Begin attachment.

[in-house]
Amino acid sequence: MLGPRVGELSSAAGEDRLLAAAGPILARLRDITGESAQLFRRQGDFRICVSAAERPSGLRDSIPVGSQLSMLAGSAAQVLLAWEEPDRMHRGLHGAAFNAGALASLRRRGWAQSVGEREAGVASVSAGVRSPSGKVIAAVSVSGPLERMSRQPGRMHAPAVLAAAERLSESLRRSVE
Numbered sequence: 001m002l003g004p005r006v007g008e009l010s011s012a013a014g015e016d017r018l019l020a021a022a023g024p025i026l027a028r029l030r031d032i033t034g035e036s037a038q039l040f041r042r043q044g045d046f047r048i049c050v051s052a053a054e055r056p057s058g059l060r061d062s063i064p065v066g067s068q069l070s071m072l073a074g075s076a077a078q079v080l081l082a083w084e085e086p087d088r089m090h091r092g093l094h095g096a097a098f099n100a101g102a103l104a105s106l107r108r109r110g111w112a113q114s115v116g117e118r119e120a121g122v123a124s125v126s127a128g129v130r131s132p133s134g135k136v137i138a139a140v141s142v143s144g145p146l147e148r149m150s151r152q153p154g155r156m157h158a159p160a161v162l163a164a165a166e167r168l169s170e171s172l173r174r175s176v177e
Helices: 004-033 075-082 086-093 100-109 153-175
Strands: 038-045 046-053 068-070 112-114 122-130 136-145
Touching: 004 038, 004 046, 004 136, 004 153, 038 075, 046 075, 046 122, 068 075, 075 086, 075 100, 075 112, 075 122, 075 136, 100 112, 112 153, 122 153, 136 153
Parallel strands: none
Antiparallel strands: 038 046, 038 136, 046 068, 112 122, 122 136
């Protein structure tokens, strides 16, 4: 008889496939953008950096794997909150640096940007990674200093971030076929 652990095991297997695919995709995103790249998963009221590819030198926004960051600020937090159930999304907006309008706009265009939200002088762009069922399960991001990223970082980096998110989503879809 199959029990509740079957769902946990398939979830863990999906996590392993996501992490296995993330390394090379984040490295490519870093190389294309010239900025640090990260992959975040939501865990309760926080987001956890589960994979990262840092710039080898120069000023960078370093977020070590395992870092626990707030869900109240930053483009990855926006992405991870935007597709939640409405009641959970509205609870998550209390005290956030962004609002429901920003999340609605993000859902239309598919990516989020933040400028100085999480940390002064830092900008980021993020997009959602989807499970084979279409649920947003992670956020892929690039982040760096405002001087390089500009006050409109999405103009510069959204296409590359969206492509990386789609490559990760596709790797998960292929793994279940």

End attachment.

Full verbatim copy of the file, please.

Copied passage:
[in-house]
Amino acid sequence: MLGPRVGELSSAAGEDRLLAAAGPILARLRDITGESAQLFRRQGDFRICVSAAERPSGLRDSIPVGSQLSMLAGSAAQVLLAWEEPDRMHRGLHGAAFNAGALASLRRRGWAQSVGEREAGVASVSAGVRSPSGKVIAAVSVSGPLERMSRQPGRMHAPAVLAAAERLSESLRRSVE
Numbered sequence: 001m002l003g004p005r006v007g008e009l010s011s012a013a014g015e016d017r018l019l020a021a022a023g024p025i026l027a028r029l030r031d032i033t034g035e036s037a038q039l040f041r042r043q044g045d046f047r048i049c050v051s052a053a054e055r056p057s058g059l060r061d062s063i064p065v066g067s068q069l070s071m072l073a074g075s076a077a078q079v080l081l082a083w084e085e086p087d088r089m090h091r092g093l094h095g096a097a098f099n100a101g102a103l104a105s106l107r108r109r110g111w112a113q114s115v116g117e118r119e120a121g122v123a124s125v126s127a128g129v130r131s132p133s134g135k136v137i138a139a140v141s142v143s144g145p146l147e148r149m150s151r152q153p154g155r156m157h158a159p160a161v162l163a164a165a166e167r168l169s170e171s172l173r174r175s176v177e
Helices: 004-033 075-082 086-093 100-109 153-175
Strands: 038-045 046-053 068-070 112-114 122-130 136-145
Touching: 004 038, 004 046, 004 136, 004 153, 038 075, 046 075, 046 122, 068 075, 075 086, 075 100, 075 112, 075 122, 075 136, 100 112, 112 153, 122 153, 136 153
Parallel strands: none
Antiparallel strands: 038 046, 038 136, 046 068, 112 122, 122 136
């Protein structure tokens, strides 16, 4: 008889496939953008950096794997909150640096940007990674200093971030076929 652990095991297997695919995709995103790249998963009221590819030198926004960051600020937090159930999304907006309008706009265009939200002088762009069922399960991001990223970082980096998110989503879809 199959029990509740079957769902946990398939979830863990999906996590392993996501992490296995993330390394090379984040490295490519870093190389294309010239900025640090990260992959975040939501865990309760926080987001956890589960994979990262840092710039080898120069000023960078370093977020070590395992870092626990707030869900109240930053483009990855926006992405991870935007597709939640409405009641959970509205609870998550209390005290956030962004609002429901920003999340609605993000859902239309598919990516989020933040400028100085999480940390002064830092900008980021993020997009959602989807499970084979279409649920947003992670956020892929690039982040760096405002001087390089500009006050409109999405103009510069959204296409590359969206492509990386789609490559990760596709790797998960292929793994279940």